Sialic acids are a family of forty-three carbohydrates frequently expressed at the terminal positions of glycoconjugates. Sialic acid-containing glycoconjugates are involved in a wide range of biological processes, including signal transduction, cellular differentiation, cancer metastasis, and pathogenic recognition. As monosaccharides, all sialic acid derivatives are nine-carbon sugars, although they almost always occur naturally as oligo- and polysaccharides. Most sialic acid derivatives are C-3 deoxy sugars with a carboxylic acid moiety at C-1 and an amide moiety at C-5, while C-7, 8, and 9 comprise a glycerol chain. The most common derivative of sialic acid in humans, N-acetylneuraminic acid, occurs exclusively in nature in an alpha-glycosidic configuration.
It was found recently that the picoloyl substituent can assist greatly in the formation of highly stereoselective glycosidic linkages. The picoloyl group, an ester bearing a 2-pyridyl moiety, was first explored as a hydrogen-bond acceptor by Demchenko et al., delivering high syn facial selectivities in glucosyl, galactosyl, and mannosyl donors. Using sialyl donors tested under the same glycosylation conditions, the picoloyl group does not deliver as high of facial selectivities. It was found recently in the De Meo group, however, that in the presence of excess triflic acid, the same 4-O-picoloylated donor gives much higher yields and more favorable stereosel-ectivities. Concomitantly, Tsai found that in the presence of excess triflic acid, an 8-O-picoloylated donor bearing benzoyl groups at positions 4,7, and 9 produced favorable stereoselectivities using a standard benzylated primary glucosyl acceptor. The benzoyl substituent has proven to be β-directing in sialic acid, however. Thus, in an effort to improve upon methods already published and to understand better the effects of the picoloyl substituent, a comprehensive synthesis of sialyl donors mono-picoloylated at positions C-4, C-7, C-8, and C-9 (and acetylated elsewhere) was carried out. Sialylations then were promoted with each donor in the presence of excess triflic acid to evaluate their efficacy. Furthermore, the 8-O-picoloylated donor was subjected to glycosylations using different reaction concentrations to evaluate the effects of intermolecular hydrogen bonding. Finally, glycosylations were promoted using varying stoichiometric ratios of triflic acid to better understand its effect in conjunction with the picoloyl group.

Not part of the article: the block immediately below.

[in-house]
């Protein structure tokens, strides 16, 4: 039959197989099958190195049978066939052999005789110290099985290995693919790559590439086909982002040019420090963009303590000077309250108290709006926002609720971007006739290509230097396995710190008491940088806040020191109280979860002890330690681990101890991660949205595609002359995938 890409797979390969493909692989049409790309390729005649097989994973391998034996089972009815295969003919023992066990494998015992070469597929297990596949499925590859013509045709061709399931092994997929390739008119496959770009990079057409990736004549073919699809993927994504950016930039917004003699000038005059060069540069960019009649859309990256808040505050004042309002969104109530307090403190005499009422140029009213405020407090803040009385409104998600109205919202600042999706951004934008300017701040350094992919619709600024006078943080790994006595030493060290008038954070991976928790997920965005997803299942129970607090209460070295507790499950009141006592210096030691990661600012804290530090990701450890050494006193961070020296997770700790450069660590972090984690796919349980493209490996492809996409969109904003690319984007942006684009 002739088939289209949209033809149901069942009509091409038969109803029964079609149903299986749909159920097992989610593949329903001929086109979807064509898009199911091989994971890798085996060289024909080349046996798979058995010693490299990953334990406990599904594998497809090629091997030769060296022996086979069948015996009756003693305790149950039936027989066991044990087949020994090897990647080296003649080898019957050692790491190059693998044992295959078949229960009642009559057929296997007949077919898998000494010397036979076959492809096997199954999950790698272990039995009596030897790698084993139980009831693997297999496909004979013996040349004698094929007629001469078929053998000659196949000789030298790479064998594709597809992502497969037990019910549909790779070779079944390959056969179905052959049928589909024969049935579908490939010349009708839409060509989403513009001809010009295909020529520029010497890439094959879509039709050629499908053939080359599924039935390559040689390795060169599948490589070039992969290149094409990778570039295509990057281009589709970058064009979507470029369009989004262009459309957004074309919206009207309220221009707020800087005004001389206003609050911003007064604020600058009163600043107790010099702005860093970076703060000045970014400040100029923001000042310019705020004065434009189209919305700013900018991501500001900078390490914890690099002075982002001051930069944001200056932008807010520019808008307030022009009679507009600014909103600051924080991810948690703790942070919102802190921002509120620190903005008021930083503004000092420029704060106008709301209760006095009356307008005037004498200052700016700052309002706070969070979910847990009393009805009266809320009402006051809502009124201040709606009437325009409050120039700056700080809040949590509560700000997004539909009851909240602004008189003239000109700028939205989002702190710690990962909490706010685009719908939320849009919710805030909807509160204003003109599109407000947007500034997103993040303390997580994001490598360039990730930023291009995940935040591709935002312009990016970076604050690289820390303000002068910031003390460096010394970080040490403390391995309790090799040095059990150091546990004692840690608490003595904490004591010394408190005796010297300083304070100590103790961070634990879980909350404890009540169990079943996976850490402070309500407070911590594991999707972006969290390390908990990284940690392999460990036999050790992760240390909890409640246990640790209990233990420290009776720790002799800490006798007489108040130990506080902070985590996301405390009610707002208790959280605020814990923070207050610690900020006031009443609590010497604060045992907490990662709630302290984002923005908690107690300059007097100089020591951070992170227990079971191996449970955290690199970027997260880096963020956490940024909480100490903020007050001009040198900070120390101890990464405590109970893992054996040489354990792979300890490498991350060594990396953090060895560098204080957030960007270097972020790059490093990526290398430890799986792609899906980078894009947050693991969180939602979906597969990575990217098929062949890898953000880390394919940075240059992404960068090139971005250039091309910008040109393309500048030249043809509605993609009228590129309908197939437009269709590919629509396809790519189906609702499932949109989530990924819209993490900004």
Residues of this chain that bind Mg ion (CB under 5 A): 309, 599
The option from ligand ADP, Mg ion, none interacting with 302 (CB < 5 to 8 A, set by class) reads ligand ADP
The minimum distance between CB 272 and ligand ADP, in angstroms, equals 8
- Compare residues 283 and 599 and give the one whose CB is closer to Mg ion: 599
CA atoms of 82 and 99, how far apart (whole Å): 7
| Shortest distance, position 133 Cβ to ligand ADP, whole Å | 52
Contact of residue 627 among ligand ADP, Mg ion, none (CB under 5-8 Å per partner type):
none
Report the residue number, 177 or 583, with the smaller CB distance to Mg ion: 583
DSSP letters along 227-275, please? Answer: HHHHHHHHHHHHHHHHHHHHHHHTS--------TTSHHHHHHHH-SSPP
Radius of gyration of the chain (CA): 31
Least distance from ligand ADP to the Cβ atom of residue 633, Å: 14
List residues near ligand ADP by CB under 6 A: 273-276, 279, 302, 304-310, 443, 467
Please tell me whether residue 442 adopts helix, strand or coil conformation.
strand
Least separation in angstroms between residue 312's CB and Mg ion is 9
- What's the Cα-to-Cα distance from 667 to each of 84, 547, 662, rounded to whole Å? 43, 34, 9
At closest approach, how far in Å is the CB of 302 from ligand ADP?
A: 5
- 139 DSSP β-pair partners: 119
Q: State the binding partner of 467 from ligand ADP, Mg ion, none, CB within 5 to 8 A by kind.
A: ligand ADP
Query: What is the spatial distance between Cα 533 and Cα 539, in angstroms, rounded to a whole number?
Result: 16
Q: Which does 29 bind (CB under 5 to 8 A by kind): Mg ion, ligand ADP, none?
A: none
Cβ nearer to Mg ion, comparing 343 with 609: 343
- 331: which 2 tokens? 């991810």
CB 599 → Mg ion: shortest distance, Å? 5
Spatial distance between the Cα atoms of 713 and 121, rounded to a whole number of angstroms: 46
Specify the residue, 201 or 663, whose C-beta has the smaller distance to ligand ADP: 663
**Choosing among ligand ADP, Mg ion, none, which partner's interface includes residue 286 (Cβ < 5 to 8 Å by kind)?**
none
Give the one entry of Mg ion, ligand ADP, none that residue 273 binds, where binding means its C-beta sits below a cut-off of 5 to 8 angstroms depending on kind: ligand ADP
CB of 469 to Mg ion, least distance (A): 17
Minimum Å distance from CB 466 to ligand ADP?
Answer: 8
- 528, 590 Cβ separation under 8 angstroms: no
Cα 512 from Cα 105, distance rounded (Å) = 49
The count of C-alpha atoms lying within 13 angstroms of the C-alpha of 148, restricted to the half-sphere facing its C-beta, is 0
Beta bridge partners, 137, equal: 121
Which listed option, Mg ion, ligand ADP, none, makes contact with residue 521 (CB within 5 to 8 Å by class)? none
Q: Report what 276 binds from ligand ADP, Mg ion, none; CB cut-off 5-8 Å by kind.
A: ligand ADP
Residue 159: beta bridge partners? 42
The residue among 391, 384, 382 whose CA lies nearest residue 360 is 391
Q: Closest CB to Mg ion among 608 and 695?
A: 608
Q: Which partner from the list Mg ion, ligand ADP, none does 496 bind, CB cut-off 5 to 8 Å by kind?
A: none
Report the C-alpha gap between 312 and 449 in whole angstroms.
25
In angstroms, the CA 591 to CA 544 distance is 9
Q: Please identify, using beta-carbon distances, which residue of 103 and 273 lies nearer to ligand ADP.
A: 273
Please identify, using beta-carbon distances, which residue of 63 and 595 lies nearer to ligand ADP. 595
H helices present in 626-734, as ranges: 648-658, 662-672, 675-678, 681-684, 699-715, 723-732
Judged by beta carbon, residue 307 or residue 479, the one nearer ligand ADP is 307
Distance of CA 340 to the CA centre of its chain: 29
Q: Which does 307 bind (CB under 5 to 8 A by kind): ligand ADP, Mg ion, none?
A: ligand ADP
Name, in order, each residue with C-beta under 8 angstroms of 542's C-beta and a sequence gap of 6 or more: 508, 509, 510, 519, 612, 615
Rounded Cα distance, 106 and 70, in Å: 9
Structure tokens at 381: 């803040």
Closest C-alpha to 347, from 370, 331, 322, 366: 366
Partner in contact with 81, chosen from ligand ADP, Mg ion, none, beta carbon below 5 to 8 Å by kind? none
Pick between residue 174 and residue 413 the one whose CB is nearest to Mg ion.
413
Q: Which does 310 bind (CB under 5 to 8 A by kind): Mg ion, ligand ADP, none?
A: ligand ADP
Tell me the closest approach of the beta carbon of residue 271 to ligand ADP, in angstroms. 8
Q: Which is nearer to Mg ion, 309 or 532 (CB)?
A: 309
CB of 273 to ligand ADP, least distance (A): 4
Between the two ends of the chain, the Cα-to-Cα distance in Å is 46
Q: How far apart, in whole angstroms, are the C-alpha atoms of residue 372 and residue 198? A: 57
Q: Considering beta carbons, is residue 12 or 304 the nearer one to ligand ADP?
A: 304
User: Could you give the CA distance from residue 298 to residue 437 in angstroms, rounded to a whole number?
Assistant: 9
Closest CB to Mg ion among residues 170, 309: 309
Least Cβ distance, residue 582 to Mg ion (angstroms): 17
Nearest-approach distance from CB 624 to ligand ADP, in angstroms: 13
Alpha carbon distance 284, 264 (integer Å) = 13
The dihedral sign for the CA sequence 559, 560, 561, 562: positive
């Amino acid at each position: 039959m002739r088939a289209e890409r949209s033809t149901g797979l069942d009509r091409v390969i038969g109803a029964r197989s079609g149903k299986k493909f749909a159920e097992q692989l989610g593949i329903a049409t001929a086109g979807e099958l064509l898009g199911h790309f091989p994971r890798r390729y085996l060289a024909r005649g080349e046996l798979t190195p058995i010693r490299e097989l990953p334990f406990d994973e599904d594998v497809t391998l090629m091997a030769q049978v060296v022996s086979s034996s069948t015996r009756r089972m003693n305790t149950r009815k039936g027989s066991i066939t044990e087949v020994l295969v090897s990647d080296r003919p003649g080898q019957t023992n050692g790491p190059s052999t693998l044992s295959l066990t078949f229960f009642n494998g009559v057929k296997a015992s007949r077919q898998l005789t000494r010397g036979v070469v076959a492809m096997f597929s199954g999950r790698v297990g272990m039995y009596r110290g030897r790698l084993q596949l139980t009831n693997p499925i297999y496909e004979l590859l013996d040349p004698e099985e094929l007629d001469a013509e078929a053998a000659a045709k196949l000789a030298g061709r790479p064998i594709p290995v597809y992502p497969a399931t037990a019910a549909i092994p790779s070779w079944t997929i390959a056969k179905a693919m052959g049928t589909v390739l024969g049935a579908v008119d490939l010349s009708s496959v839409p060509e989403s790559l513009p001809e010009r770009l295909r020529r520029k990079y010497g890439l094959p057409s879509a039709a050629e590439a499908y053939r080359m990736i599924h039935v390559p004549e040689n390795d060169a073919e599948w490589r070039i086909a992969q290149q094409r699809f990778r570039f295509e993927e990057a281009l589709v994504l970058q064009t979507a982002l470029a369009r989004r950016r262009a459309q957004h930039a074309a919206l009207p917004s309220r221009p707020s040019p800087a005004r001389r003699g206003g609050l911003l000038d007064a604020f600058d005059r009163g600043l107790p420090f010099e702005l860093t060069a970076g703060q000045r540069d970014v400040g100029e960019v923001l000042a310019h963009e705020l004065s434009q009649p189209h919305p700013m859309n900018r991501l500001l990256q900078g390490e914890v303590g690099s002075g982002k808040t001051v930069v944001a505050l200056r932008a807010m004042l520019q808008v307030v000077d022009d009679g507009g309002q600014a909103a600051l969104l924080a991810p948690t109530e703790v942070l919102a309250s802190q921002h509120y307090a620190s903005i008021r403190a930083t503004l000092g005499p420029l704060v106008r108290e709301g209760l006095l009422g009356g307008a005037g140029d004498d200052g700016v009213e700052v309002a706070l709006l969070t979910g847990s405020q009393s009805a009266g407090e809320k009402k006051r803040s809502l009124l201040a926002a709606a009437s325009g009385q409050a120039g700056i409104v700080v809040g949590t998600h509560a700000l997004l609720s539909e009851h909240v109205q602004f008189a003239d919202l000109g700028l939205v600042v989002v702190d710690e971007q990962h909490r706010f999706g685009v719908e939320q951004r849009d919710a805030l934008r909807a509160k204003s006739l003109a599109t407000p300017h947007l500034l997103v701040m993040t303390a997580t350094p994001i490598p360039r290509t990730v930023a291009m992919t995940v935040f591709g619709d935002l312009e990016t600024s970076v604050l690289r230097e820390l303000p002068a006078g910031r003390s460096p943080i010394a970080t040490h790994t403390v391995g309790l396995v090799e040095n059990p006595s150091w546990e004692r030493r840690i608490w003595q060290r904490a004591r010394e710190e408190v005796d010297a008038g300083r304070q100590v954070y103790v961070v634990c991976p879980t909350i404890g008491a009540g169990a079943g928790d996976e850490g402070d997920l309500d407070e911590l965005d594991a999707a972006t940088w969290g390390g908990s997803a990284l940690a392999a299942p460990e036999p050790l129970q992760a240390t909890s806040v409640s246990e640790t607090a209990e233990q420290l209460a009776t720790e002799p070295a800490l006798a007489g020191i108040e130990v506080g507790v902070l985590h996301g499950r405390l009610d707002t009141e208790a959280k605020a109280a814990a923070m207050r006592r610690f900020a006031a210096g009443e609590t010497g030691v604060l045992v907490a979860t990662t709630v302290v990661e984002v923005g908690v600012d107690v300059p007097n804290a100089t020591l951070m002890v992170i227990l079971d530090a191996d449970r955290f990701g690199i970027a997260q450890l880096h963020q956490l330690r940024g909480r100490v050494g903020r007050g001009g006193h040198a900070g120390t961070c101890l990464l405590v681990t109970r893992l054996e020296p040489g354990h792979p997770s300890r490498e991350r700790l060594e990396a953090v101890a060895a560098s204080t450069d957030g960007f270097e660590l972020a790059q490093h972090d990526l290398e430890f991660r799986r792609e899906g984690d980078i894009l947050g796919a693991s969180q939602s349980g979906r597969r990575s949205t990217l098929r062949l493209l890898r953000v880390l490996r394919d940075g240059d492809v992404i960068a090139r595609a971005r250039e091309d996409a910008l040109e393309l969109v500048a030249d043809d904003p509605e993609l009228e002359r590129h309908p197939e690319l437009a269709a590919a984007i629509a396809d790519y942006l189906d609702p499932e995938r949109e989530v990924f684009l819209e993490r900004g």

|Advisor:||De Meo, Cristina|
|Commitee:||Lu, Yun, Navarre, Edward , Shaw, Michael , Demchenko, Alexei|
|School:||Southern Illinois University at Edwardsville|
|School Location:||United States -- Illinois|
|Source:||MAI 81/3(E), Masters Abstracts International|
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